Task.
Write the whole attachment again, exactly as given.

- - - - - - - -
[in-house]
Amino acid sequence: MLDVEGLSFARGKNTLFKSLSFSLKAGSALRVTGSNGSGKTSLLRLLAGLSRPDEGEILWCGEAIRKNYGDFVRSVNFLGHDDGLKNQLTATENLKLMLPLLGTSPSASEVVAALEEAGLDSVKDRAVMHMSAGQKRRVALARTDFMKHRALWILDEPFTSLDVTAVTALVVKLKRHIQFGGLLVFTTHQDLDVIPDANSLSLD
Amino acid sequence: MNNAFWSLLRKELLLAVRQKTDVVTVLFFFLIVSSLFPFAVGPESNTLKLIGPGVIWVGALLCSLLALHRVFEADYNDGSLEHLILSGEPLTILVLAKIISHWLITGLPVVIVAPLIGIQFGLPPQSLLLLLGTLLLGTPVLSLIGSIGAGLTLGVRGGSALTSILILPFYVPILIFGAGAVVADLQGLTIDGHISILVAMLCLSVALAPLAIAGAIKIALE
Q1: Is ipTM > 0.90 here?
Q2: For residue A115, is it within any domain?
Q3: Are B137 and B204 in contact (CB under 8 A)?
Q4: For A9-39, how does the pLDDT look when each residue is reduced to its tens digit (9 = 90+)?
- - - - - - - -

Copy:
[in-house]
Amino acid sequence: MLDVEGLSFARGKNTLFKSLSFSLKAGSALRVTGSNGSGKTSLLRLLAGLSRPDEGEILWCGEAIRKNYGDFVRSVNFLGHDDGLKNQLTATENLKLMLPLLGTSPSASEVVAALEEAGLDSVKDRAVMHMSAGQKRRVALARTDFMKHRALWILDEPFTSLDVTAVTALVVKLKRHIQFGGLLVFTTHQDLDVIPDANSLSLD
Amino acid sequence: MNNAFWSLLRKELLLAVRQKTDVVTVLFFFLIVSSLFPFAVGPESNTLKLIGPGVIWVGALLCSLLALHRVFEADYNDGSLEHLILSGEPLTILVLAKIISHWLITGLPVVIVAPLIGIQFGLPPQSLLLLLGTLLLGTPVLSLIGSIGAGLTLGVRGGSALTSILILPFYVPILIFGAGAVVADLQGLTIDGHISILVAMLCLSVALAPLAIAGAIKIALE
Q1: Is ipTM > 0.90 here?
Q2: For residue A115, is it within any domain?
Q3: Are B137 and B204 in contact (CB under 8 A)?
Q4: For A9-39, how does the pLDDT look when each residue is reduced to its tens digit (9 = 90+)?